Chotto Motto brings gyoza, beer and good times to Collingwood

House-made gyoza come in rounds of 10 or 20.
House-made gyoza come in rounds of 10 or 20. Photo: Josef Gatti

One of the things Tomoya Kawasaki, co-owner of Wabi Sabi and Neko Neko restaurants, misses most about living in his native Japan is the pot-sticker dumpling. "Gyoza bars are so huge over there," he says. "Lots of places in Melbourne are doing Chinese dumplings, but no one is really doing proper Japanese gyoza here."

His solution? To open Chotto Motto gyoza and beer bar with friend and Japanophile Dylan Jones. The two met through Jones' internet-famous shiba inu dog Tofu – Kawasaki helped Jones create videos for Tofu's Instagram account. Jones also has his own connection to Japan, having lived there as a kid.

They've taken over the former Knife Shop Cafe on Wellington Street, Collingwood, fitting it out with retro Japanese flair. Okinawan slot machines, Kewpie dolls, Godzilla figurines, vintage posters and other knick-knacks fill every spare centimetre, and local artist Mitch Walder has painted a mural starring Tofu. It's fun and casual – just like the gyoza bars of Tokyo.

Retro appeal: Chotto Motto has been kitted out with Japanese knick-knacks.
Retro appeal: Chotto Motto has been kitted out with Japanese knick-knacks. Photo: Josef Gatti

At Chotto Motto, the house-made gyoza are pan-fried, steamed, then fried a little further to crisp up the bottom. They're then served, crisp-bottom and all, in a round of either 10 or 20 pieces, similar to Chinese jiaozi dumplings but with thinner skins. Fillings range from classic pork to spicy kimchi miso pork, chicken and coriander, prawn and ginger, nasu dengaku (miso-glazed eggplant) or tofu and lotus root. There's the option of melted cheese, too.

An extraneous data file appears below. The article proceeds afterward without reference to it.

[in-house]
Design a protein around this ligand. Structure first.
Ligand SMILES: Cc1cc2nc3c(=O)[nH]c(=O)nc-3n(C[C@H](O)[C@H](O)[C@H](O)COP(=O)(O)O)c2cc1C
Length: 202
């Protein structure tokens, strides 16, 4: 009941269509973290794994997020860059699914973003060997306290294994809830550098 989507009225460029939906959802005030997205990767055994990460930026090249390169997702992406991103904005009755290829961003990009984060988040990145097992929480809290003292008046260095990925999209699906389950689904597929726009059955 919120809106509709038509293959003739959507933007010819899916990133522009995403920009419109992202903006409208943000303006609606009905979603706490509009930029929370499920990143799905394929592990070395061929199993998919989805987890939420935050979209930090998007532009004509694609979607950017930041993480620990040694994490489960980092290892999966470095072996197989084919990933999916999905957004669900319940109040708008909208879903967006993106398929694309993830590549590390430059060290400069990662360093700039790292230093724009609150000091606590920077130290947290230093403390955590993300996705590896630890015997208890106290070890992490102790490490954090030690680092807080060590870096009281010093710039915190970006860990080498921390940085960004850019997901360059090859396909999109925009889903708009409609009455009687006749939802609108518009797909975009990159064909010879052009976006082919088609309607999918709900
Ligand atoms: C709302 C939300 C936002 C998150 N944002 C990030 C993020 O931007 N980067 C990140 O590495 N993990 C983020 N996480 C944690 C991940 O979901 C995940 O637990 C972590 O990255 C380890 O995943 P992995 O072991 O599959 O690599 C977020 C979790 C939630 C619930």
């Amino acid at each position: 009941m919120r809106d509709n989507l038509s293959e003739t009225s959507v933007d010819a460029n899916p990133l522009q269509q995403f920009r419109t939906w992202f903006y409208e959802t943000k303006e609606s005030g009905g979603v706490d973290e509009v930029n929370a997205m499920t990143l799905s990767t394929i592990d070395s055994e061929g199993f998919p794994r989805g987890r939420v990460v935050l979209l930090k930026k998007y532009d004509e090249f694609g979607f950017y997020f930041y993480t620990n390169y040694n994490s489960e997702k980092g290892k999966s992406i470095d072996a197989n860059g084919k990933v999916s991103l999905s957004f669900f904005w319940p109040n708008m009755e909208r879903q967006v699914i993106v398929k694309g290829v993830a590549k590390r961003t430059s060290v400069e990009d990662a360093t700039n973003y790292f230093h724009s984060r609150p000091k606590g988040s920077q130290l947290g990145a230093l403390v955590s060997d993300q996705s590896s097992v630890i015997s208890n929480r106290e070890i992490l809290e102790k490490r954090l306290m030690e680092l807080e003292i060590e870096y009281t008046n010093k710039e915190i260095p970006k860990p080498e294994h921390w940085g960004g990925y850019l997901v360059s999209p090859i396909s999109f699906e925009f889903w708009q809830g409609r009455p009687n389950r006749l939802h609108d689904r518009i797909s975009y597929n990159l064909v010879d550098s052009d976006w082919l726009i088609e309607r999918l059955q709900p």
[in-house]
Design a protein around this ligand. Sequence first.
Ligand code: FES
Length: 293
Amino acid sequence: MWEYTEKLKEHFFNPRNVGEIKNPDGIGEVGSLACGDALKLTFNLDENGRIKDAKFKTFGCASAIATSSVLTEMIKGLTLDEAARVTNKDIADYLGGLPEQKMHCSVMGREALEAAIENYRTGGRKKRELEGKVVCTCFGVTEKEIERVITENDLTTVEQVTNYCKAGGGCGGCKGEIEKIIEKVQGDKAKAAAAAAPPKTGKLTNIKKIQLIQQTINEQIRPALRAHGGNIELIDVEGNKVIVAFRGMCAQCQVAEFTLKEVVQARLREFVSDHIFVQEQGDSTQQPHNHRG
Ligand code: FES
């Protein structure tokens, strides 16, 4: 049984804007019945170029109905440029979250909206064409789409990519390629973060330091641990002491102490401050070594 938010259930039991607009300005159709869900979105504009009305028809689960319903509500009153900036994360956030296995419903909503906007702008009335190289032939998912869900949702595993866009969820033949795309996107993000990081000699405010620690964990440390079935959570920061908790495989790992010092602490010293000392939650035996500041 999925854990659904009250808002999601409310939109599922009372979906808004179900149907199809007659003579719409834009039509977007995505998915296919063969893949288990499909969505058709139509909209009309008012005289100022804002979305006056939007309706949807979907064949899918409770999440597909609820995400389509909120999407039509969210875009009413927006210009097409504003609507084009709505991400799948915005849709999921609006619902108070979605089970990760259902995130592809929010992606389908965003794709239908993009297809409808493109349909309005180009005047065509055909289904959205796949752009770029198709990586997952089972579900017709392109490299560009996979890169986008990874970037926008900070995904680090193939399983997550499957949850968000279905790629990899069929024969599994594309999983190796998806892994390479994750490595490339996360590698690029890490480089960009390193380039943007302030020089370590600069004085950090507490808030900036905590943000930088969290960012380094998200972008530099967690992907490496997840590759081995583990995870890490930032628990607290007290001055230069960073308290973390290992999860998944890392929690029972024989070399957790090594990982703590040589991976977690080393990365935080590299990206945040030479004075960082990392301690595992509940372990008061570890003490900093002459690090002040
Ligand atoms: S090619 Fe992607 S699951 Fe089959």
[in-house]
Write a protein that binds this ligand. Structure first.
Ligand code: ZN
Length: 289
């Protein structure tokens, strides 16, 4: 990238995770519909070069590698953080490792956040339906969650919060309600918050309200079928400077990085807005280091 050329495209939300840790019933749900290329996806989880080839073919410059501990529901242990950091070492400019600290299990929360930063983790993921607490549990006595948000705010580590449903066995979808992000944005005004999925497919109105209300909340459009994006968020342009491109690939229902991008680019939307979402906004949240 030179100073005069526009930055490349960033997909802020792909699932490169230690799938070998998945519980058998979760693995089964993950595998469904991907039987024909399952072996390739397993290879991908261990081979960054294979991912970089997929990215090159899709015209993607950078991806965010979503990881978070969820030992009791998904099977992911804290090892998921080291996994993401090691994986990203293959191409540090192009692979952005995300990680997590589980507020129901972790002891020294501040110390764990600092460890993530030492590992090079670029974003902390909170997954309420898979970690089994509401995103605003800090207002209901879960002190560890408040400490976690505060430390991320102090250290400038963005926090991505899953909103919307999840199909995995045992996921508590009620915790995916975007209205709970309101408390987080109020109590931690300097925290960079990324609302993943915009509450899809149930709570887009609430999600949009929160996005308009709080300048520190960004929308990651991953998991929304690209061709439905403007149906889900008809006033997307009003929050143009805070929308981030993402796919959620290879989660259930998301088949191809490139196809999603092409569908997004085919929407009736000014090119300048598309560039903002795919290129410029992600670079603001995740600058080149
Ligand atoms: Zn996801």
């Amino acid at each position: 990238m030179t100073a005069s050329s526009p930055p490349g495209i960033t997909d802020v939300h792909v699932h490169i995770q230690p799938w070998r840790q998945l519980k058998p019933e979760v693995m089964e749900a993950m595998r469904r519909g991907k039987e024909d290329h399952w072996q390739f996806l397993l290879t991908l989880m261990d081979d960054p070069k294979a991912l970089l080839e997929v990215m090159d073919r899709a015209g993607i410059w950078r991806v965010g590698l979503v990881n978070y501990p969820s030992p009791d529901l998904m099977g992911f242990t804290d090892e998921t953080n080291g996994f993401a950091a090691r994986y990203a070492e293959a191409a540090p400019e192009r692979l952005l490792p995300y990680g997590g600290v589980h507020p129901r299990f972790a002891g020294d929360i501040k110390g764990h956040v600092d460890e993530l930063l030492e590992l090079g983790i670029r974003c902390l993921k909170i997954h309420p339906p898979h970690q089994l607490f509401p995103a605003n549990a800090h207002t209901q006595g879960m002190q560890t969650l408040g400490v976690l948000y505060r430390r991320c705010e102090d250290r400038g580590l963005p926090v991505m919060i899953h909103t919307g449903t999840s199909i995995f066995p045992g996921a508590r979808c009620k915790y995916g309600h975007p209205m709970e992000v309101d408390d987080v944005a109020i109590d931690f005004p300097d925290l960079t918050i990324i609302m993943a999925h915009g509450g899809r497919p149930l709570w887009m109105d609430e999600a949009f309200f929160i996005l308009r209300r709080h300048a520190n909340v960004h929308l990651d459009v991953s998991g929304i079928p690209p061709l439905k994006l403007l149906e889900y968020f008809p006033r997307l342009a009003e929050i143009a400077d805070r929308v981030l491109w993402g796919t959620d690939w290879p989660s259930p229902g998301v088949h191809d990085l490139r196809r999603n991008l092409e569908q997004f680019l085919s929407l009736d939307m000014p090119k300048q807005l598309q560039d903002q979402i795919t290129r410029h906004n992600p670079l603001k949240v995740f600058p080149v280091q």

It's not just gyoza, either. Also on the menu are katsu sandos made with proper Japanese milk bread, and smaller plates such as edamame, fries with furikake, and karaage. There's also soft-serve, which changes monthly – right now it's miso caramel, but Kawasaki and Jones would like to experiment with flavours such as soy sauce.

For drinks, you can help yourself from the Japanese vending machine packed with cans and bottles, boozy or otherwise. At the bar, there are tap beers and one wine of each colour, which changes daily.

Initially, Chotto Motto will be open in the evenings only. But once it opens for lunch in a few weeks, a takeaway fridge with bento boxes, sushi and other meals will be accessible from the street.

Open Mon-Sat 3pm-11pm. 

287 Wellington Street, Collingwood, chottomotto.com.au